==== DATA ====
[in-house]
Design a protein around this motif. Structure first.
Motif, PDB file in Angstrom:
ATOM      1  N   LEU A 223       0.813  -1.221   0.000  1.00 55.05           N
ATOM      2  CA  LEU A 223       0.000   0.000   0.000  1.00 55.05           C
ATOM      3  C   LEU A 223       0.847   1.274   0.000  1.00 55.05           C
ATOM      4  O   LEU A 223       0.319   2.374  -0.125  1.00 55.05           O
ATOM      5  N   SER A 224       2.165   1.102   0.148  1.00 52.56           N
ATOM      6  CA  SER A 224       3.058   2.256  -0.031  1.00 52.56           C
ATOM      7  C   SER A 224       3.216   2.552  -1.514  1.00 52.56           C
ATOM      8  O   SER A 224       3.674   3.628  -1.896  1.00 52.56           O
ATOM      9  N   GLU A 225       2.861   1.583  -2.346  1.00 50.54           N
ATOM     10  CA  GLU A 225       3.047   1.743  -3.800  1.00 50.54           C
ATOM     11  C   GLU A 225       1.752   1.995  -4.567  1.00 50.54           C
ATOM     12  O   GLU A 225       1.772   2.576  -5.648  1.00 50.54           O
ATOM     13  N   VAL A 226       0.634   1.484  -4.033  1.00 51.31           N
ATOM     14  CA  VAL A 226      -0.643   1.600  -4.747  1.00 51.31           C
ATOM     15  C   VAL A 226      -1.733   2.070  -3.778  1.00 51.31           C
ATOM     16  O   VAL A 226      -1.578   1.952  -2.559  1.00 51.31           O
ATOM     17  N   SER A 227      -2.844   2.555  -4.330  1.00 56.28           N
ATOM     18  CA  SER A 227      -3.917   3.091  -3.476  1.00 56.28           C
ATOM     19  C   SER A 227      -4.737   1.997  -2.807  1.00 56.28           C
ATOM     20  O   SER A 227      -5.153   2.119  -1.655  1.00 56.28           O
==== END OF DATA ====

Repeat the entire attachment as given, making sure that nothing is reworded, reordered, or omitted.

[in-house]
Design a protein around this motif. Structure first.
Motif, PDB file in Angstrom:
ATOM      1  N   LEU A 223       0.813  -1.221   0.000  1.00 55.05           N
ATOM      2  CA  LEU A 223       0.000   0.000   0.000  1.00 55.05           C
ATOM      3  C   LEU A 223       0.847   1.274   0.000  1.00 55.05           C
ATOM      4  O   LEU A 223       0.319   2.374  -0.125  1.00 55.05           O
ATOM      5  N   SER A 224       2.165   1.102   0.148  1.00 52.56           N
ATOM      6  CA  SER A 224       3.058   2.256  -0.031  1.00 52.56           C
ATOM      7  C   SER A 224       3.216   2.552  -1.514  1.00 52.56           C
ATOM      8  O   SER A 224       3.674   3.628  -1.896  1.00 52.56           O
ATOM      9  N   GLU A 225       2.861   1.583  -2.346  1.00 50.54           N
ATOM     10  CA  GLU A 225       3.047   1.743  -3.800  1.00 50.54           C
ATOM     11  C   GLU A 225       1.752   1.995  -4.567  1.00 50.54           C
ATOM     12  O   GLU A 225       1.772   2.576  -5.648  1.00 50.54           O
ATOM     13  N   VAL A 226       0.634   1.484  -4.033  1.00 51.31           N
ATOM     14  CA  VAL A 226      -0.643   1.600  -4.747  1.00 51.31           C
ATOM     15  C   VAL A 226      -1.733   2.070  -3.778  1.00 51.31           C
ATOM     16  O   VAL A 226      -1.578   1.952  -2.559  1.00 51.31           O
ATOM     17  N   SER A 227      -2.844   2.555  -4.330  1.00 56.28           N
ATOM     18  CA  SER A 227      -3.917   3.091  -3.476  1.00 56.28           C
ATOM     19  C   SER A 227      -4.737   1.997  -2.807  1.00 56.28           C
ATOM     20  O   SER A 227      -5.153   2.119  -1.655  1.00 56.28           O